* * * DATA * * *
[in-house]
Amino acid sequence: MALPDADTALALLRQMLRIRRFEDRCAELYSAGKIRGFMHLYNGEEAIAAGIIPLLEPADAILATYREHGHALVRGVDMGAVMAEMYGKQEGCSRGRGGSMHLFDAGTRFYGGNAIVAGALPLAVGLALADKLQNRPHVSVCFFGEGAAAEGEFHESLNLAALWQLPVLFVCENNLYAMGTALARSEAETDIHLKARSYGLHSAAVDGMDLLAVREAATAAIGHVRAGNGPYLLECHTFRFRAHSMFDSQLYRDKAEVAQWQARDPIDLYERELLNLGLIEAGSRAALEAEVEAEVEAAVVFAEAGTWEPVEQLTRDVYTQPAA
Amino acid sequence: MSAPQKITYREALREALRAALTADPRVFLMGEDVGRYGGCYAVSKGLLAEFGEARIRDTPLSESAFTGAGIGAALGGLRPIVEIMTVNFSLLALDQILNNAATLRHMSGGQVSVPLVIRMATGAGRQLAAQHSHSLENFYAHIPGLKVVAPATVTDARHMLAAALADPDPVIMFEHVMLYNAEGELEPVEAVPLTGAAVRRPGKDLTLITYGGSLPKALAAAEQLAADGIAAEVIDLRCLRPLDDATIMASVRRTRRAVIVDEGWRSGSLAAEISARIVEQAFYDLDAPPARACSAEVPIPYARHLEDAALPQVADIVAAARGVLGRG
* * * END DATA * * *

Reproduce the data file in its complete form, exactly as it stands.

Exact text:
[in-house]
Amino acid sequence: MALPDADTALALLRQMLRIRRFEDRCAELYSAGKIRGFMHLYNGEEAIAAGIIPLLEPADAILATYREHGHALVRGVDMGAVMAEMYGKQEGCSRGRGGSMHLFDAGTRFYGGNAIVAGALPLAVGLALADKLQNRPHVSVCFFGEGAAAEGEFHESLNLAALWQLPVLFVCENNLYAMGTALARSEAETDIHLKARSYGLHSAAVDGMDLLAVREAATAAIGHVRAGNGPYLLECHTFRFRAHSMFDSQLYRDKAEVAQWQARDPIDLYERELLNLGLIEAGSRAALEAEVEAEVEAAVVFAEAGTWEPVEQLTRDVYTQPAA
Amino acid sequence: MSAPQKITYREALREALRAALTADPRVFLMGEDVGRYGGCYAVSKGLLAEFGEARIRDTPLSESAFTGAGIGAALGGLRPIVEIMTVNFSLLALDQILNNAATLRHMSGGQVSVPLVIRMATGAGRQLAAQHSHSLENFYAHIPGLKVVAPATVTDARHMLAAALADPDPVIMFEHVMLYNAEGELEPVEAVPLTGAAVRRPGKDLTLITYGGSLPKALAAAEQLAADGIAAEVIDLRCLRPLDDATIMASVRRTRRAVIVDEGWRSGSLAAEISARIVEQAFYDLDAPPARACSAEVPIPYARHLEDAALPQVADIVAAARGVLGRG